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A Golden Opportunity

Whatever difficulties Mike London and the Virginia football team have endured this season pale in comparison to Al Golden's trial by fire during his first season as Miami's head coach.

When the Hurricanes (4-3, 2-2 ACC) host the Cavaliers (4-3, 1-2 ACC) tomorrow night, Golden will have his full arsenal of players available for the first time this season. Prior to the start of Miami's 2011 campaign, the NCAA suspended eight Hurricane players for receiving improper benefits, including six projected starters.

Senior quarterback Jacory Harris and senior linebacker and Butkus Award semifinalist Sean Spence missed Miami's opener against Maryland, while preseason All-ACC junior safety Ray-Ray Armstrong also served a four-game suspension. Junior defensive end Olivier Vernon returned from a six-game suspension last week, but senior defensive tackle Micanor Regis sat out after punching a North Carolina wide receiver in the groin and stepping on a running back's hand.

Without their starting quarterback, the Hurricanes fell to the Terrapins by eight points, and missing players also loomed large as Miami lost two more close matchups against No. 15 Virginia Tech and No. 10 Kansas State.

"I think we all know that [the suspensions] were a big factor, I don't think there's any question when you look at the players involved and of course at the impact they've made," Golden said. "To say ... any of those guys wouldn't have made a difference early in the season - I think it's fair for us to say they would have made a difference."

The suspensions stem from a larger controversy surrounding the Miami football program. Shortly after accepting the Miami job, Golden was blindsided by NCAA allegations that Hurricane players accepted more than $2 million in impermissible benefits from booster Nevin Shapiro between 2002 to 2010. Before he had faced his first opponent, Golden battled threats of lost scholarships, probation and even the "death penalty," the NCAA's total ban from competition, so the coach views his team's 4-3 record as a success within that context.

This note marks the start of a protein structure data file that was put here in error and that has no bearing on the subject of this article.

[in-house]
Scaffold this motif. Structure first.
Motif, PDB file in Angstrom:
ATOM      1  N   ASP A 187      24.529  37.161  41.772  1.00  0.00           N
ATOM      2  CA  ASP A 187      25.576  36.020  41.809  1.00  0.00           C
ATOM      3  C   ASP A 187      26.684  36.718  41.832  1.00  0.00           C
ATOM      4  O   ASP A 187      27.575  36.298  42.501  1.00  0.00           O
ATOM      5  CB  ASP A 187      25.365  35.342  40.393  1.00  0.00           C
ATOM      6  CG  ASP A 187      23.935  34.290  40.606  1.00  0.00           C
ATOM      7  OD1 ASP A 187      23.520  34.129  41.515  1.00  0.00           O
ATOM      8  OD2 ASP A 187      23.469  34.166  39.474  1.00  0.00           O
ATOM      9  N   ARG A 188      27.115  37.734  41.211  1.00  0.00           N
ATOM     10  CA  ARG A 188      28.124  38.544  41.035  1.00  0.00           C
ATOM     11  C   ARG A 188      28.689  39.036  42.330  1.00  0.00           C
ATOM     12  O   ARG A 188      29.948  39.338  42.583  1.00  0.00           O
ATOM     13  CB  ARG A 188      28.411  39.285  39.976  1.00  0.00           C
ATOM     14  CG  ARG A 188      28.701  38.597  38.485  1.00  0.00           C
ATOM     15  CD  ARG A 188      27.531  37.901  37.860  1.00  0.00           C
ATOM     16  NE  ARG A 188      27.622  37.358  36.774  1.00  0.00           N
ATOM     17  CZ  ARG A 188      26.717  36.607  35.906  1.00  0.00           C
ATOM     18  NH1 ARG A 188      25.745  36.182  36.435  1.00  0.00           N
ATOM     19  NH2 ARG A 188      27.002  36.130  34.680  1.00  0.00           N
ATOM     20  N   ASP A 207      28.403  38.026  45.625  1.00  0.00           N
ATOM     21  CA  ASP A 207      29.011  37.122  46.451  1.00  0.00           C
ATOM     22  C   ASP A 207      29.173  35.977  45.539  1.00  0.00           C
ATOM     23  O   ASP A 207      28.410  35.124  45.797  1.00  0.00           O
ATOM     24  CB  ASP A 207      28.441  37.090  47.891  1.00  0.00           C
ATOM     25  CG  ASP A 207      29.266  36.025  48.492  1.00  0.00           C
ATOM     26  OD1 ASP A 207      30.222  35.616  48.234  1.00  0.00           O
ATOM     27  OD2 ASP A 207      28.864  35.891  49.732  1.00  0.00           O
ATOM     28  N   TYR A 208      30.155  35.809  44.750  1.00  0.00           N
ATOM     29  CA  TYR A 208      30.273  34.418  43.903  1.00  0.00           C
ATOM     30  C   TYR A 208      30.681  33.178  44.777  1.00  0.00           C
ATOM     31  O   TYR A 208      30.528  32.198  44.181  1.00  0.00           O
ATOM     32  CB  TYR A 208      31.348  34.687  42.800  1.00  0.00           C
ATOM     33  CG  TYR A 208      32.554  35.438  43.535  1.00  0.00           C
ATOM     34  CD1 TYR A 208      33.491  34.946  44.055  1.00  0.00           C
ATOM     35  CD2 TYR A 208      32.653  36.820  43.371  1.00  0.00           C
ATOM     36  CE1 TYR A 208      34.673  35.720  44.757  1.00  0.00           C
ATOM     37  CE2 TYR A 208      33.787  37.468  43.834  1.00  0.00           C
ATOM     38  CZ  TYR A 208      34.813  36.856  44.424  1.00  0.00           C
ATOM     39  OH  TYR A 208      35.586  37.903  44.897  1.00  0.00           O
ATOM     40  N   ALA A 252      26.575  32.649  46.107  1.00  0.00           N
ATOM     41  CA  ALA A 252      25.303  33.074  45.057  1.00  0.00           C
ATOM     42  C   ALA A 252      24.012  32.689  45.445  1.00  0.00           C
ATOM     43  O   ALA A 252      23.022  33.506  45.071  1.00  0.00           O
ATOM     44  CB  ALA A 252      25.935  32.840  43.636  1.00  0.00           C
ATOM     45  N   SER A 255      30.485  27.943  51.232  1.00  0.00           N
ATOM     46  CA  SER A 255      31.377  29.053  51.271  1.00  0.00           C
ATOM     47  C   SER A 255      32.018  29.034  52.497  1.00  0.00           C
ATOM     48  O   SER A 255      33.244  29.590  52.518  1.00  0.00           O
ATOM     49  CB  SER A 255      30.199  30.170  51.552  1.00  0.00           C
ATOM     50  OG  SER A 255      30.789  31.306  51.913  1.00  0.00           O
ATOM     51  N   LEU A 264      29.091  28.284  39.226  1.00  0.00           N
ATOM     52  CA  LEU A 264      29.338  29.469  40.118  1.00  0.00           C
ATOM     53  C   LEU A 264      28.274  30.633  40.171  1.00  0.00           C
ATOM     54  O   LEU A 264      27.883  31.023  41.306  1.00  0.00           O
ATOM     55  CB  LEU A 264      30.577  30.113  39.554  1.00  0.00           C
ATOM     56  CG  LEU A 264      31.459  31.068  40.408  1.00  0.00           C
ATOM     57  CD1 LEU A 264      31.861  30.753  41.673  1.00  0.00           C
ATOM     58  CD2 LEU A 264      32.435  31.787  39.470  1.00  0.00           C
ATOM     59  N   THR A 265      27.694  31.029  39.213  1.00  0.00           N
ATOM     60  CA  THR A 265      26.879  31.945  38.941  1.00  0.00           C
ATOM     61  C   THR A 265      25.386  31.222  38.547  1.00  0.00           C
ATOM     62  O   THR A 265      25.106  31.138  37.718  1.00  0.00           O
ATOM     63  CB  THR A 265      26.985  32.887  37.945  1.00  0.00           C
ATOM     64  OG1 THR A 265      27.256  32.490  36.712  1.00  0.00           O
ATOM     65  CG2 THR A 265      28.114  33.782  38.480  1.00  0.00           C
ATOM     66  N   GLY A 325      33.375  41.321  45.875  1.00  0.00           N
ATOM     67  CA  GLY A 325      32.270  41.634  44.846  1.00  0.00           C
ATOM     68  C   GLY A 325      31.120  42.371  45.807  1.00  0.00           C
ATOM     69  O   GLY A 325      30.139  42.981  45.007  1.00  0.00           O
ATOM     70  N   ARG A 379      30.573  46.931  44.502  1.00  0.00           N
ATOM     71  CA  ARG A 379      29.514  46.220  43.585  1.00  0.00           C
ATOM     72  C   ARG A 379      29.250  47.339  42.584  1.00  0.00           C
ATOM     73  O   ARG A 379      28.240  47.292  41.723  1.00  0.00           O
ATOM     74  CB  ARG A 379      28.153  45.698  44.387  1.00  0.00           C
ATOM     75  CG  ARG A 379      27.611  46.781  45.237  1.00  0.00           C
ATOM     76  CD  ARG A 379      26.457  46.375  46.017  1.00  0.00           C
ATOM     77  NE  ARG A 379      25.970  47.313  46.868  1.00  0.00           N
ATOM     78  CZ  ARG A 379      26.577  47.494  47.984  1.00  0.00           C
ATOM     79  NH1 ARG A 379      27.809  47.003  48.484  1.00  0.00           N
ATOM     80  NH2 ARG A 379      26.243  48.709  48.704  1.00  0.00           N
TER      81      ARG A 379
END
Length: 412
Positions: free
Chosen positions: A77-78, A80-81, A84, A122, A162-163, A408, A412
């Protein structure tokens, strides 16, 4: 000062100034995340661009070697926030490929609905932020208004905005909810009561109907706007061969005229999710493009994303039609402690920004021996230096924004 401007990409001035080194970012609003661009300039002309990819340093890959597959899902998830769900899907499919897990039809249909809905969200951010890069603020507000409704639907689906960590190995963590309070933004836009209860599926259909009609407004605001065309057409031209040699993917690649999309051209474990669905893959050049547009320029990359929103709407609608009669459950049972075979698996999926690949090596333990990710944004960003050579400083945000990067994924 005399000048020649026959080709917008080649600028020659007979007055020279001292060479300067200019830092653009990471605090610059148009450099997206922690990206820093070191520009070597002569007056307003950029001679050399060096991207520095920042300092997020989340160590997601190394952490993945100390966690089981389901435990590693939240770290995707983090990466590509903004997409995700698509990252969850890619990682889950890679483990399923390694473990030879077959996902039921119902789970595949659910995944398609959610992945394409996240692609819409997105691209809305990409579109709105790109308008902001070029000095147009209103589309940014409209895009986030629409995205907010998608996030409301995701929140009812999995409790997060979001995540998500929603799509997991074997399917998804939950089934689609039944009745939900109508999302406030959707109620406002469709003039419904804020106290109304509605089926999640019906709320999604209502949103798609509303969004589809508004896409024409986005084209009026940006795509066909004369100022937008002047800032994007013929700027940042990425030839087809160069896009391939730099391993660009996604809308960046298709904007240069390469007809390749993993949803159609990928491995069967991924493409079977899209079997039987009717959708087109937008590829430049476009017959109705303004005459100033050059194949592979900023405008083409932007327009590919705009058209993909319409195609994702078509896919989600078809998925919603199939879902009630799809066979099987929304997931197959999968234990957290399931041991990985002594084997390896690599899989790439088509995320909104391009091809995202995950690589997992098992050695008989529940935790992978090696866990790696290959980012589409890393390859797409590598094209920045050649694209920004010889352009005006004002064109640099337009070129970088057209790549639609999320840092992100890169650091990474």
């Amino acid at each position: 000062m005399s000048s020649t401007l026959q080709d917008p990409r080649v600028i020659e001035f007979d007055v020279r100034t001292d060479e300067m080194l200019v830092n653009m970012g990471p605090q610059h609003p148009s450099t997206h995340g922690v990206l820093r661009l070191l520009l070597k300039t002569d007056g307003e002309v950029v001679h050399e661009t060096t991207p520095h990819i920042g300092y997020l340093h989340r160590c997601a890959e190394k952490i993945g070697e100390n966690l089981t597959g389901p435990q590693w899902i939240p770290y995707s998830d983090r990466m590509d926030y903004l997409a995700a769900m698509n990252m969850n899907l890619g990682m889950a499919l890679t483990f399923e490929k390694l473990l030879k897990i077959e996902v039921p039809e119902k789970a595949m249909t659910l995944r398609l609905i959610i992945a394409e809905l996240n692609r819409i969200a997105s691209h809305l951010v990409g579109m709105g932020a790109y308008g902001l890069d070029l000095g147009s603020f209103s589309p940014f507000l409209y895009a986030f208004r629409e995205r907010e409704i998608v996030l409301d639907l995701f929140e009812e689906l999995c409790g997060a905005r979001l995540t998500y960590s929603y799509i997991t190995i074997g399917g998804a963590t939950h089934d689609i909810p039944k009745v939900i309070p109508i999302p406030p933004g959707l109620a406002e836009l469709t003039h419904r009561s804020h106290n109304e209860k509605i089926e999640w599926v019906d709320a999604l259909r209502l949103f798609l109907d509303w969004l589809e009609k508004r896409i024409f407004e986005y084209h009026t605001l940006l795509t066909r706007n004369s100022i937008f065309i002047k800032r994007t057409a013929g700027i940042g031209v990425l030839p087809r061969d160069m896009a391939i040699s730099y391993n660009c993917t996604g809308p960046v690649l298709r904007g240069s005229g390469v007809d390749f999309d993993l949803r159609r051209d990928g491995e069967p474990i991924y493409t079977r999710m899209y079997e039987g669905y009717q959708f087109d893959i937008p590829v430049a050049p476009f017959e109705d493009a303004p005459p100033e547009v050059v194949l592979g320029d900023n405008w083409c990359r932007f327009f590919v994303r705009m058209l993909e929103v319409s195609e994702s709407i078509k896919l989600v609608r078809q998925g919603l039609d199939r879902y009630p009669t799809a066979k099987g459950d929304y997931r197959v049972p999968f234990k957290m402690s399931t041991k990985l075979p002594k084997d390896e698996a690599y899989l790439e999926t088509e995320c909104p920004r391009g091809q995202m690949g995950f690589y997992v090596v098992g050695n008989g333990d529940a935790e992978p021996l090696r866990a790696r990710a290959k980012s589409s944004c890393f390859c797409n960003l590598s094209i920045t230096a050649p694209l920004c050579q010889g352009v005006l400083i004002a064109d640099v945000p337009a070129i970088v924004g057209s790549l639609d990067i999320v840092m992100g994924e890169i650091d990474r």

"We've played a tough schedule amidst a transition year, amidst a lot of adversity that we could not foresee coming," Golden said. "But now we're starting to get some traction ... and they're starting to see results."

Miami has won two straight games and seeks to stretch that streak against Virginia tomorrow night. The Cavaliers are not oblivious to the storm that surrounds the Hurricanes, but they refuse to concern themselves with the controversy.

"We really don't pay too much attention to [the violations]," senior wide receiver Kris Burd said. "We're aware of that situation but we focus on ourselves and the Virginia Cavaliers. We have our own adversity to overcome."

Virginia's adversity hardly matches Miami's in magnitude, as the program boasts a comparatively sterling reputation regarding rules violations. London served with Golden as an assistant at both Boston College and Virginia and considers the coach a "close friend," but he has avoided the NCAA accusations that victimized his colleague. Whereas Miami's historical rap sheet runs almost as long the list of NFL talent "The U" has produced, Virginia's most significant scandal dates back to the Truman presidency, when the team faced possible NCAA banishment for providing scholarships to its athletes - a serious transgression at the time.